Felice has been asking me to write this piece since BA50 began, finally I have. It’s about hair, the precious protein that adorns our heads and souls, and my journey to come to grips with going natural.
Our bodies go through many stages as we age, but I feel our hair is what many of us are most attached to…I certainly am. Maybe it’s more akin to our generation from the 70’s and our long hippie hair, etc. Hair allows us wonderful self expression.
I had been coloring my hair for almost 15 years…yes, that messy poison is applied regularly at great costs of time and expense. I went through many stages to cover those little gray strands invading my raven-colored head of hair. The many progressions included little boxes of color I bought at the drug store, henna purchased at health food stores, exotic natural pigments procured at exotic hair salons, and finally expensive hair salon appointments reaping lovely brown shades resulting from single process and double process ordeals. Mind you, by the end I was touching up my roots on a weekly basis with wands and pens and shoe polish (not really, but it felt like it) to keep this color alive. How much money did I spend,and why? It’s because people don’t really like change and we certainly don’t like change in our bodies. Of course the primary reason for all the color fretting was because I was working in the young media world and couldn’t bear to admit I was aging.
At the same time my husband and I began talking about retirement and the long-planned goal we have to take our boat to the Caribbean for repeated extended winter stays. The trips sounded so exciting, but I’d be lying if I didn’t say I was concerned about how I’d color my hair on a 39-foot sailboat. How would I go away with a head full of brown hair and return with the shock of mangy white streaks?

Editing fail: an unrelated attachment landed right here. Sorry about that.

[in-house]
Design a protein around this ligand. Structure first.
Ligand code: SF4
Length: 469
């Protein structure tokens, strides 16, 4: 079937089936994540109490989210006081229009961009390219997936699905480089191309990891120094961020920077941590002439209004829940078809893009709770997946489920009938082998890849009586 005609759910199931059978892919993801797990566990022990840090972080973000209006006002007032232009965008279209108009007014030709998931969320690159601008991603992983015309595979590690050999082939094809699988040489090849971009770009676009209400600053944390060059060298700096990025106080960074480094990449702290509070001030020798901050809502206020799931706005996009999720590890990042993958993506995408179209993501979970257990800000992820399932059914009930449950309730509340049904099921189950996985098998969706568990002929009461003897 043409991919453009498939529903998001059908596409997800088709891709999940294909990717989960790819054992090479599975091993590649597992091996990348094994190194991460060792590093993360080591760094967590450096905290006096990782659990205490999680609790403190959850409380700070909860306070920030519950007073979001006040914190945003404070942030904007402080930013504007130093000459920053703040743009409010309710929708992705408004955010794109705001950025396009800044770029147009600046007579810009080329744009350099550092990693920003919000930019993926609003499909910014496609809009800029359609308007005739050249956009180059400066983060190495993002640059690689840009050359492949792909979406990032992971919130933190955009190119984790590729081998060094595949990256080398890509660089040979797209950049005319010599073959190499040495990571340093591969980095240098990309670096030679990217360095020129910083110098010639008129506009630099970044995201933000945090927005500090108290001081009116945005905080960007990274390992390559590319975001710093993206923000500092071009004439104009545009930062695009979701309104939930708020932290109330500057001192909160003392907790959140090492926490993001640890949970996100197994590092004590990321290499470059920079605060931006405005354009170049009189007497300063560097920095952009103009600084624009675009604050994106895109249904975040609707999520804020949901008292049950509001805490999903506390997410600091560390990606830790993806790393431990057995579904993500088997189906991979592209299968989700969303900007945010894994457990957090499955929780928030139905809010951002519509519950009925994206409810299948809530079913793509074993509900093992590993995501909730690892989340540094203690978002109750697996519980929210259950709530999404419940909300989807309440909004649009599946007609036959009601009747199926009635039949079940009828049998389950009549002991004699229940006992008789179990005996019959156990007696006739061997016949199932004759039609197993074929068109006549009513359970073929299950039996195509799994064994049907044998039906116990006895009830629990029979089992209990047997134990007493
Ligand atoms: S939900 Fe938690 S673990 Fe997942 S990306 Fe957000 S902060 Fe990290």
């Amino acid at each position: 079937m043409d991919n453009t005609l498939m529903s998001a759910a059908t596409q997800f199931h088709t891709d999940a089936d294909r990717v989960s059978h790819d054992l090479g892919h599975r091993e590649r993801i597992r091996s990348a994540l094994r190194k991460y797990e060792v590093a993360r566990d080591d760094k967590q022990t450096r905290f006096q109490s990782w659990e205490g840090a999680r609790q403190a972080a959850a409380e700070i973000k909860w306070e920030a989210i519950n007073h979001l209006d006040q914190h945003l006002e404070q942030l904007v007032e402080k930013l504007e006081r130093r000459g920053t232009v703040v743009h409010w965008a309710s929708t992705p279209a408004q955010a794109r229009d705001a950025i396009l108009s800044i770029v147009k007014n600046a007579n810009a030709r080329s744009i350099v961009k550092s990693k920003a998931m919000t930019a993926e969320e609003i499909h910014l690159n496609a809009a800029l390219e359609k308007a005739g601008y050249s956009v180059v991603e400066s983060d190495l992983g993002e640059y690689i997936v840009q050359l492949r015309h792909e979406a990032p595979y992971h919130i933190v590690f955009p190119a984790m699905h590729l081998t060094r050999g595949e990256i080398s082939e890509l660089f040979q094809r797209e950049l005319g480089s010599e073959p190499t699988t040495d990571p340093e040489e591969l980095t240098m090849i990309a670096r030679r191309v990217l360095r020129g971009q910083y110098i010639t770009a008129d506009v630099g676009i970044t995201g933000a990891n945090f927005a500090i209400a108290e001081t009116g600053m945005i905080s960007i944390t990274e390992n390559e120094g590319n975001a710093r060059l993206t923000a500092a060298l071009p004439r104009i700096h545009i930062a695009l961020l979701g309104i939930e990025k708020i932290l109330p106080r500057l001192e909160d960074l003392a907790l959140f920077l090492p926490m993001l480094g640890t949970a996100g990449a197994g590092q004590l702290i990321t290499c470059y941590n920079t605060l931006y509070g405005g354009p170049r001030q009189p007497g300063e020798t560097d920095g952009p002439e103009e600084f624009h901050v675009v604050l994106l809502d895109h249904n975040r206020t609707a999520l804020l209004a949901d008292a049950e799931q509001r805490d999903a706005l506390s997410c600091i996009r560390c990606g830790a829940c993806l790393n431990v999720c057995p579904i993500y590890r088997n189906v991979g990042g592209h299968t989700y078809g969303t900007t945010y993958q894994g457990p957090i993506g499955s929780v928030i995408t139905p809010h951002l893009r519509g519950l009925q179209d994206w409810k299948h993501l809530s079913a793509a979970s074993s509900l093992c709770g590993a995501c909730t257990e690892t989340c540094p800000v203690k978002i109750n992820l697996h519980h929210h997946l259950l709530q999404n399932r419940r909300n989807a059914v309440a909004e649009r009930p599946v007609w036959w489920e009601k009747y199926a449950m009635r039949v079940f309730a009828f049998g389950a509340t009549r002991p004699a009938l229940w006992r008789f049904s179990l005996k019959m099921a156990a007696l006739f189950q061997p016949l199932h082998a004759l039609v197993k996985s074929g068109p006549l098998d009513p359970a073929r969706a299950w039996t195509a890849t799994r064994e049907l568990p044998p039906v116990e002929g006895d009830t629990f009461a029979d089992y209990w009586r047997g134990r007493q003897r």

I began to obsess on hair color, and found myself observing and sometimes interviewing anyone that looked good with gray hair. Was it the right haircut? The clothing? The style? The confidence? The lack of interest in it? I was wondering why it looked good on some and not on others. This went on for a few years.
Then at the age of 49 I left the advertising sales media world and it was time to give it a try. My dear friend and I decided we would go through the “de- coloring” process together. We began only coloring with “wash out” color and allowing our natural color to come through. It was a little scary to see what nature had given me for my real hair color and in fact I really had no idea what to expect. Slowly what emerged was quite a melange of hair colors…my dark brown, gray, left over color, a few highlights.
Now smart men know to never talk about a woman’s hair or weight, however one day my husband meekly asked why my hair was four colors. That was the point when I knew I had to do something more aggressive. So, I began calling around to highly recommended colorists to learn the best way to stop walking around with my hair looking like a chef salad. Finally, the best piece of advice I received was to cut it all off. Impulsively after spending months on this project I went to the best local stylist and told him to do it.